There is an area that has apparently been designated as a fine arts gallery while another area is for the public to post their own messages on brightly coloured papers and tape them to a wall. This wall is later named the Lennon wall. Street signs’ names are changed too to reflect their messages. I walk past a handcrafted ‘post box’ and notice that people have begun to number their tents. There are Facebook pages set up, but also an entire network has been created for communication on walkie talkies and the Firechat Ap which can circumvent network and wifi ‘problems’.
Groups of students have apparently been designated to walk around with spray bottles and offer to spray people to help them keep cool. Others walk by with giant jugs of tea and cups and offer them to anyone they pass by. I am fascinated by the clusters of people who have decided they can best help by offering to hold the hands of people climbing over the makeshift stairs that lace across the once highway barrier. They offer a hand to person after person.
Umbrellas are passed out. And late in the day, when it is likely that there will be conflict that evening, teams of people walk around telling people to take care. They offer goggles for protection from the tear gas too. Helmets are passed out, though a pile of them are still being adorned with protest art and symbols.
There is no looting, there is no stealing. There are designated areas for free help with homework, arranged by subject. On day 21, I notice the study section and open area street library are full. Perhaps exam time is nearing.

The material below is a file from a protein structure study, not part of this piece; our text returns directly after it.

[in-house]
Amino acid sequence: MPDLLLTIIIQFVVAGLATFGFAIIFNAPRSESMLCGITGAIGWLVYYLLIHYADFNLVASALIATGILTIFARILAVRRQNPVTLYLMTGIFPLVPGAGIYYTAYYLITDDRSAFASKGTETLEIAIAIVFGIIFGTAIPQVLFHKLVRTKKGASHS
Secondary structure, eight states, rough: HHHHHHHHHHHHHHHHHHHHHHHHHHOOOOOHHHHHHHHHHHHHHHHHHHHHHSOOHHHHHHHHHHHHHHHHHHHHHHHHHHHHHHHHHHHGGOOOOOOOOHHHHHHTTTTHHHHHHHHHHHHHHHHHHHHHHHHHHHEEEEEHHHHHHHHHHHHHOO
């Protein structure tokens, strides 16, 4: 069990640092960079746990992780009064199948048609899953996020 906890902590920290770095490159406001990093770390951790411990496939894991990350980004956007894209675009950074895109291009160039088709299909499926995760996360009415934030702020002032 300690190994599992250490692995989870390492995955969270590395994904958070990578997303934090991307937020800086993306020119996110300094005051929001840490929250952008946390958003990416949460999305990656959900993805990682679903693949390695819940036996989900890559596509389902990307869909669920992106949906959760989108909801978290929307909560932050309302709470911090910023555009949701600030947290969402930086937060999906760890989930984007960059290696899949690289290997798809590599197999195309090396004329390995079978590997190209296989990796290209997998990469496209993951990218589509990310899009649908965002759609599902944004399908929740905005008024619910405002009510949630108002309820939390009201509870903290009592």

And although the community members that inhabit the space that was once a highway adjacent to Admiralty Station are not surprisingly, predominately Chinese, there are a large number of minorities among them too. Likewise, this is a community that has not only eschewed racism but agism and classism too.
They have a universal symbol of their struggle, the yellow umbrella. There are iconic works of art, like Umbrella Man, created too. Porcelain figurines stand on a folding table each carrying a yellow origami umbrella. Another table displays a standoff scene between protestors and the police, all created with lego figures. People politely view the art and photograph it, carefully ensuring that others get their time and space to do so as well.
I watch as a group makes thousands of origami yellow umbrellas. I crouch to photograph them. “Want to learn how?” they ask. I assure them that origami has never been my forte.
I marvel at the community they have created in a space that was once a highway. I greatly admire not only their individual personal sense of responsibility but their understanding of the importance of collective responsibility as well.
I don’t know ultimately what measurable gains they will have made after the weeks they have spent here, but as a young student whizzes past me on a scooter and shouts, “thank you for listening to our messages”, I know that I am proud to call Hong Kong home.
I don’t know where they learned about networking and community building, giving circles, social enterprise and philanthropy, inclusivity and acceptance. There is much for us to all learn from them.
Erica Lyons is the founder and Editor-in-Chief of Asian Jewish Life.